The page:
by R. E. Anderson, rev. Niccolò Guicciardini
© Oxford University Press 2004 All rights reserved
Hayes, Charles (1678-1760), mathematician, was a member of Gray's Inn and the author of Treatise of Fluxions, or, An Introduction to Mathematical Philosophy, which appeared in 1704. This was the first English work explaining Newton's method of fluxions--the Newtonian version of the infinitesimal calculus; it covered in more than three hundred pages all the known areas of the early eighteenth-century calculus (finding tangents, areas, maxima and minima, caustics, centres of gravity, percussion, and oscillation, plus a treatment of central forces). It was published just before Newton's masterpiece, De quadratura curvarum (1704), which certainly nullified the usefulness of Hayes's laudable effort. In the preface Hayes writes that he asked the advice of John Harris, and his knowledge of contemporary literature on the subject, both continental and British, is remarkable. Hayes's treatise is clearly an attempt to divulge to the general reader the result on the calculus obtained by the most distinguished mathematicians. He claims no originality and in several cases his treatise is quite eclectic: in the section devoted to astronomy, for example, he mixes propositions taken from Newton's Principia (1687) with propositions taken from Leibniz's works on dynamics, which were based on completely different conceptions.
In 1710 Hayes printed a pamphlet, New and Easy Method to Find the Longitude at Land or Sea, and in 1723 Of the Moon, a Philosophical Dialogue, in which he attempted to prove that the moon is not opaque, but has some light of its own. Having made a voyage to Africa and spent some time there, he had considerable repute as a geographer, and was chosen annually to be sub-governor or deputy governor of the Royal African Company. After applying himself for some years to the study of Hebrew, Hayes in 1736 published his Vindication of the History of the Septuagint, and in 1738 Critical Examination of the Holy Gospels According to St Matthew and St Luke, with regard to the history of Christ's birth and infancy. His studies were afterwards mainly directed to chronology, excepting occasional tracts written to defend the policy of the Royal African Company. In 1741 he published a Dissertation on the Chronology of the Septuagint, a defence of the Chaldean and Egyptian chronology and history, and in 1747 there appeared a supplement, Series of Kings of Argos and of Emperors of China from Fohi to Jesus Christ, to prove that their dates and order of succession agreed with the Septuagint.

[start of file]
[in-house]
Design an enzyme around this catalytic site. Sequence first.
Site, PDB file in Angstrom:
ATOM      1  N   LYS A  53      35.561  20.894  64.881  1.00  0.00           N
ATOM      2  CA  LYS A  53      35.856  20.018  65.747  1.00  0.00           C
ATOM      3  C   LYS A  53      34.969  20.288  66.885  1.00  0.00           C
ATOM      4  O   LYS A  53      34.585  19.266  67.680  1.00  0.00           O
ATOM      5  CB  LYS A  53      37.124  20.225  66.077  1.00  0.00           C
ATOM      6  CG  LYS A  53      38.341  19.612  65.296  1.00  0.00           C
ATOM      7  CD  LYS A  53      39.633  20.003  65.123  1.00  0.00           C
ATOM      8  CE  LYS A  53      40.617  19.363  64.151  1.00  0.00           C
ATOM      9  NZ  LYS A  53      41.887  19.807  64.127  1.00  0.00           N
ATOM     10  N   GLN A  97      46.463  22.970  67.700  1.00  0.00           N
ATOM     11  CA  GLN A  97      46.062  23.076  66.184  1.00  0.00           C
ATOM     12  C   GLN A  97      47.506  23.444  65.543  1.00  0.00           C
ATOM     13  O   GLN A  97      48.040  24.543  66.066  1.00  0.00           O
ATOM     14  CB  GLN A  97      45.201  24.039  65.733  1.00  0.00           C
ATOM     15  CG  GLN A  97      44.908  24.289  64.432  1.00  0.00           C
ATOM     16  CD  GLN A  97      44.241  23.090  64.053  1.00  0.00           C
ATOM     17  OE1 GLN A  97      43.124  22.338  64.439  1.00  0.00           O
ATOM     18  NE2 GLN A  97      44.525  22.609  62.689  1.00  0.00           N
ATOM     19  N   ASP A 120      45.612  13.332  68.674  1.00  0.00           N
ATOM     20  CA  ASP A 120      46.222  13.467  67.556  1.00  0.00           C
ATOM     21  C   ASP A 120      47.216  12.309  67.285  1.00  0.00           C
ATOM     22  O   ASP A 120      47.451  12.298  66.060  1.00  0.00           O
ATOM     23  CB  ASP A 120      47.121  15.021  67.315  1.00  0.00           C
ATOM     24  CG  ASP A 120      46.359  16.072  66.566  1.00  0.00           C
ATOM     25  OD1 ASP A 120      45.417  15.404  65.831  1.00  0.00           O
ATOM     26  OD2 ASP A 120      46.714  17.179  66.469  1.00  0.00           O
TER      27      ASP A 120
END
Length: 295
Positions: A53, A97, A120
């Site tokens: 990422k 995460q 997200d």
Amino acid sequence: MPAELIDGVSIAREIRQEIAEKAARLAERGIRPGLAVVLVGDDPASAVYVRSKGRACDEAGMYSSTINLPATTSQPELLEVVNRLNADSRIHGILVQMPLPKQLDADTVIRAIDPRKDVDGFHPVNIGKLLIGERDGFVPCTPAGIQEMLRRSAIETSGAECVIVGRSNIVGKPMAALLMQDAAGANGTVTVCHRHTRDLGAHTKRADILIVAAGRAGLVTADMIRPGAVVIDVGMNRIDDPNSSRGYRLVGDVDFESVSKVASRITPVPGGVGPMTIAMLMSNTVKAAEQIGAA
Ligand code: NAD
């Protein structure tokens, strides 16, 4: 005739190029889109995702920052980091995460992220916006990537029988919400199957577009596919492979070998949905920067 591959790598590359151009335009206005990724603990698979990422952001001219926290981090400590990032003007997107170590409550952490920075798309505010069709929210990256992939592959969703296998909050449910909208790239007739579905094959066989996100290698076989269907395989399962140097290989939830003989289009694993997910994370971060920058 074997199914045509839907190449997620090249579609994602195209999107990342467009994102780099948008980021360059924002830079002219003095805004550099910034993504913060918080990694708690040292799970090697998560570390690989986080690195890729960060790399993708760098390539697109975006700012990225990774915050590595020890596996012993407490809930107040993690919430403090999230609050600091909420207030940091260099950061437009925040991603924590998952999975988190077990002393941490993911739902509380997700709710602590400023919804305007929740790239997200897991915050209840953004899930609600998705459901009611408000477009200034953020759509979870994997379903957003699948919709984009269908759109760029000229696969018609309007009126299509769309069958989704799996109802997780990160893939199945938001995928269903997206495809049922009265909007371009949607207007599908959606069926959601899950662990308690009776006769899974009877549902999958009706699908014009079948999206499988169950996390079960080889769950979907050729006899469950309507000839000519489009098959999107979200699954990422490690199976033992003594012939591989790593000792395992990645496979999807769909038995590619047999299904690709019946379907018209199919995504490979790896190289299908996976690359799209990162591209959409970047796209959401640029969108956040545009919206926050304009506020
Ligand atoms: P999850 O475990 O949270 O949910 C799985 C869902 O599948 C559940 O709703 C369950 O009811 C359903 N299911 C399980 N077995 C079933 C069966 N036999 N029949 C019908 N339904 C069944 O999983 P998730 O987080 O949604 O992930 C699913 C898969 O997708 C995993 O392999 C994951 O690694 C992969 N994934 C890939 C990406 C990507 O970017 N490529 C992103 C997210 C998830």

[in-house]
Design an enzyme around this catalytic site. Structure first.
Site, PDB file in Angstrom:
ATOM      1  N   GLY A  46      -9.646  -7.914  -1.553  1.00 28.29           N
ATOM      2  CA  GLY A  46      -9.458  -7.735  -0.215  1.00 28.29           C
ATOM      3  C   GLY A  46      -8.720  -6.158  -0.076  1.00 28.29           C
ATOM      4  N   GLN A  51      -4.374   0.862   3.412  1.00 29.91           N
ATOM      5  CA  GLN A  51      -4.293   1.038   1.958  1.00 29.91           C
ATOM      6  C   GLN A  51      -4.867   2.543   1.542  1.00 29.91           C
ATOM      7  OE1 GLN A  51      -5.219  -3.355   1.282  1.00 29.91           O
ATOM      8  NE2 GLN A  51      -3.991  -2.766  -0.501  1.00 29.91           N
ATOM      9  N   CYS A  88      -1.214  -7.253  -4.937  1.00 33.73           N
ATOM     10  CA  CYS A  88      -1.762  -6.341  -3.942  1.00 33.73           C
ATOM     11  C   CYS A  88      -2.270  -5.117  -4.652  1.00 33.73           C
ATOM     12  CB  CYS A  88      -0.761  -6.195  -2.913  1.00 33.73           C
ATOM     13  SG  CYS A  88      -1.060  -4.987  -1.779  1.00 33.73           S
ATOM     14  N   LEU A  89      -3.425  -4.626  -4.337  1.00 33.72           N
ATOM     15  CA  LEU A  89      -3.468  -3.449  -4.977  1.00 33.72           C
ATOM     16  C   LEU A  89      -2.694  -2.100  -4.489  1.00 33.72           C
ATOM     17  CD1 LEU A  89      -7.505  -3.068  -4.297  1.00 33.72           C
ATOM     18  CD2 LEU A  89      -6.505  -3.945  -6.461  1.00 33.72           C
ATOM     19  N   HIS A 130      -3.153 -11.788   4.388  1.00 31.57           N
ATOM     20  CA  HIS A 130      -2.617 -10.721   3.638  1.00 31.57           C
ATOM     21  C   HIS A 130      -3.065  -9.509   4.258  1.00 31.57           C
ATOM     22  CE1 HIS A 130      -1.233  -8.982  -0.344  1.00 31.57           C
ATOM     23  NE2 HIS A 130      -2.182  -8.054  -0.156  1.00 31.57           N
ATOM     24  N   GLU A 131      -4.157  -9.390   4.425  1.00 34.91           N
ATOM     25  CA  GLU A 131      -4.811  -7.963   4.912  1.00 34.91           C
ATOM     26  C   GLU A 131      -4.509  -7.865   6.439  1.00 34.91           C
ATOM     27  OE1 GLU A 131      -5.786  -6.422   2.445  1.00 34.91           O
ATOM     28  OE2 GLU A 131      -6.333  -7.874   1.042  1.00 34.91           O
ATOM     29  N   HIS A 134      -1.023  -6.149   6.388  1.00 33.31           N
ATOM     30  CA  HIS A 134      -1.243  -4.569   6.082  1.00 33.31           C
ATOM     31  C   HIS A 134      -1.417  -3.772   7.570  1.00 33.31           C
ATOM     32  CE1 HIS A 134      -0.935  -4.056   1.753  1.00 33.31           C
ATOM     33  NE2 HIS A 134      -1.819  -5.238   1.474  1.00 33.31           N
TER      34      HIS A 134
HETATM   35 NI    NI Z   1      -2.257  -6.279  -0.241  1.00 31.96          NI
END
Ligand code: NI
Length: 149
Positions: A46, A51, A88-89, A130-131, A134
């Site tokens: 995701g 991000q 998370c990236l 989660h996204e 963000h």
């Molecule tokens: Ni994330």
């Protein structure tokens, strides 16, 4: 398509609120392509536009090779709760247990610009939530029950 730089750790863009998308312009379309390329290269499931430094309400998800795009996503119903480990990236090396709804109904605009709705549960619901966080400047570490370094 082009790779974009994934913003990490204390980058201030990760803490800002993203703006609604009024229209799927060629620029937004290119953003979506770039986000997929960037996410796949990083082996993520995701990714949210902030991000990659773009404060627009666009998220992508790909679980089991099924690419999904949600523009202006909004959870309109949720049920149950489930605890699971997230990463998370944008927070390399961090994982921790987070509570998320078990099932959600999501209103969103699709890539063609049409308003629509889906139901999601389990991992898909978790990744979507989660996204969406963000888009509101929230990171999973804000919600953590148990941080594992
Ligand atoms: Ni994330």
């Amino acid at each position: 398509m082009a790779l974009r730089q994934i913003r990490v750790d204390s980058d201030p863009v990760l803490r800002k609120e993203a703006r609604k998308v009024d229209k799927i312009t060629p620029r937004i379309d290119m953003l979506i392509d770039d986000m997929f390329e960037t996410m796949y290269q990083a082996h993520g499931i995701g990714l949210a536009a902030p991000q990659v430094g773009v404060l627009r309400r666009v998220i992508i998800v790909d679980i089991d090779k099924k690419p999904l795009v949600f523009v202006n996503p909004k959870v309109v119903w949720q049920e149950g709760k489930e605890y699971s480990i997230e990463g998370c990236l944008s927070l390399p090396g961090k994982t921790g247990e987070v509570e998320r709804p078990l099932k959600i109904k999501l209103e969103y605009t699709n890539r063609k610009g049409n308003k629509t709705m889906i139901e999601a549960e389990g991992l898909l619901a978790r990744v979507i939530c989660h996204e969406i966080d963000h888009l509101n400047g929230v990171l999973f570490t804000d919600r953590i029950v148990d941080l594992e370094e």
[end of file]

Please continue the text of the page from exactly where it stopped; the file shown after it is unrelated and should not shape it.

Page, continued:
When the Royal African Company was dissolved in 1752 Hayes settled at Downe, Kent, and became absorbed in his great work, Chronographia Asiatica et Aegyptiaca, which he did not live to complete. Two parts of it only were published, during the last two years of his life, when he had chambers in Gray's Inn. Part of his argument is that the Septuagint and Josephus made use of writings preserved in the library of the temple of Jerusalem which had been omitted in making up the Old Testament canon. John Nichols remarked that Hayes spent much time in philosophical experiments. Hayes found favour with his contemporaries for his 'sedate temper' and clear method of exposition, and Charles Hutton, who was twenty-three years old at Hayes's death, remarked that he had 'great erudition concealed by modesty' (Hutton, 587). Hayes died at his chambers in Gray's Inn on 18 December 1760.
R. E. ANDERSON, rev. NICCOLÒ GUICCIARDINI
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N. Guicciardini, The development of Newtonian calculus in Britain, 1700-1800 (1989)
N. A. Hans, New trends in education in the eighteenth century (1951)
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